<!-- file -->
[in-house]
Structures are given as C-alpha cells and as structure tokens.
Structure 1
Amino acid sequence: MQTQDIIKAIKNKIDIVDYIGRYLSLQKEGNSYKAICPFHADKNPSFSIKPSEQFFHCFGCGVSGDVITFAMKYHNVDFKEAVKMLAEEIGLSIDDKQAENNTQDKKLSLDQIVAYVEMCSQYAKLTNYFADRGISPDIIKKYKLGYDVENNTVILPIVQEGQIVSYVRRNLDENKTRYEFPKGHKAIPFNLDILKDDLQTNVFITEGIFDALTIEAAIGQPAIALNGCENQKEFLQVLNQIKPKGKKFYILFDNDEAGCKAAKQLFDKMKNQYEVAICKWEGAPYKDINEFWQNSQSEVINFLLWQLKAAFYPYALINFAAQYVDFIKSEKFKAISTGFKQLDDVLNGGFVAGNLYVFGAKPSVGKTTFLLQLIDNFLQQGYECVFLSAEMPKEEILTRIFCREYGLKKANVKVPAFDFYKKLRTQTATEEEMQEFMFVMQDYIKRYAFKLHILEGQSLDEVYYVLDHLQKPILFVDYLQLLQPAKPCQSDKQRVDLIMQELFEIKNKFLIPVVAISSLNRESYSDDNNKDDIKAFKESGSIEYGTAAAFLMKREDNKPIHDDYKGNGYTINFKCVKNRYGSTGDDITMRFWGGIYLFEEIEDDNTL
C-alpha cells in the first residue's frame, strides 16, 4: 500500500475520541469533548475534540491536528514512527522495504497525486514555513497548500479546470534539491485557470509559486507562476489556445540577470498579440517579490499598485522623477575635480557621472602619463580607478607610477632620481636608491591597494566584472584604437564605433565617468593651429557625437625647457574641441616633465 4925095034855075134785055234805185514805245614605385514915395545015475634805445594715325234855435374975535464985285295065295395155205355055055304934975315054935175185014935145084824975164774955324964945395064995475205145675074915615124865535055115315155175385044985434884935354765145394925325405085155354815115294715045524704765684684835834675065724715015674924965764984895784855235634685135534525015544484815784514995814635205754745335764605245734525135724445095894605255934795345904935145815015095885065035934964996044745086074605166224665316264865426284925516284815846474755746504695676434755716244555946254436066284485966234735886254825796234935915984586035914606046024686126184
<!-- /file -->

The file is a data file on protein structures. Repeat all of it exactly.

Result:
[in-house]
Structures are given as C-alpha cells and as structure tokens.
Structure 1
Amino acid sequence: MQTQDIIKAIKNKIDIVDYIGRYLSLQKEGNSYKAICPFHADKNPSFSIKPSEQFFHCFGCGVSGDVITFAMKYHNVDFKEAVKMLAEEIGLSIDDKQAENNTQDKKLSLDQIVAYVEMCSQYAKLTNYFADRGISPDIIKKYKLGYDVENNTVILPIVQEGQIVSYVRRNLDENKTRYEFPKGHKAIPFNLDILKDDLQTNVFITEGIFDALTIEAAIGQPAIALNGCENQKEFLQVLNQIKPKGKKFYILFDNDEAGCKAAKQLFDKMKNQYEVAICKWEGAPYKDINEFWQNSQSEVINFLLWQLKAAFYPYALINFAAQYVDFIKSEKFKAISTGFKQLDDVLNGGFVAGNLYVFGAKPSVGKTTFLLQLIDNFLQQGYECVFLSAEMPKEEILTRIFCREYGLKKANVKVPAFDFYKKLRTQTATEEEMQEFMFVMQDYIKRYAFKLHILEGQSLDEVYYVLDHLQKPILFVDYLQLLQPAKPCQSDKQRVDLIMQELFEIKNKFLIPVVAISSLNRESYSDDNNKDDIKAFKESGSIEYGTAAAFLMKREDNKPIHDDYKGNGYTINFKCVKNRYGSTGDDITMRFWGGIYLFEEIEDDNTL
C-alpha cells in the first residue's frame, strides 16, 4: 500500500475520541469533548475534540491536528514512527522495504497525486514555513497548500479546470534539491485557470509559486507562476489556445540577470498579440517579490499598485522623477575635480557621472602619463580607478607610477632620481636608491591597494566584472584604437564605433565617468593651429557625437625647457574641441616633465 4925095034855075134785055234805185514805245614605385514915395545015475634805445594715325234855435374975535464985285295065295395155205355055055304934975315054935175185014935145084824975164774955324964945395064995475205145675074915615124865535055115315155175385044985434884935354765145394925325405085155354815115294715045524704765684684835834675065724715015674924965764984895784855235634685135534525015544484815784514995814635205754745335764605245734525135724445095894605255934795345904935145815015095885065035934964996044745086074605166224665316264865426284925516284815846474755746504695676434755716244555946254436066284485966234735886254825796234935915984586035914606046024686126184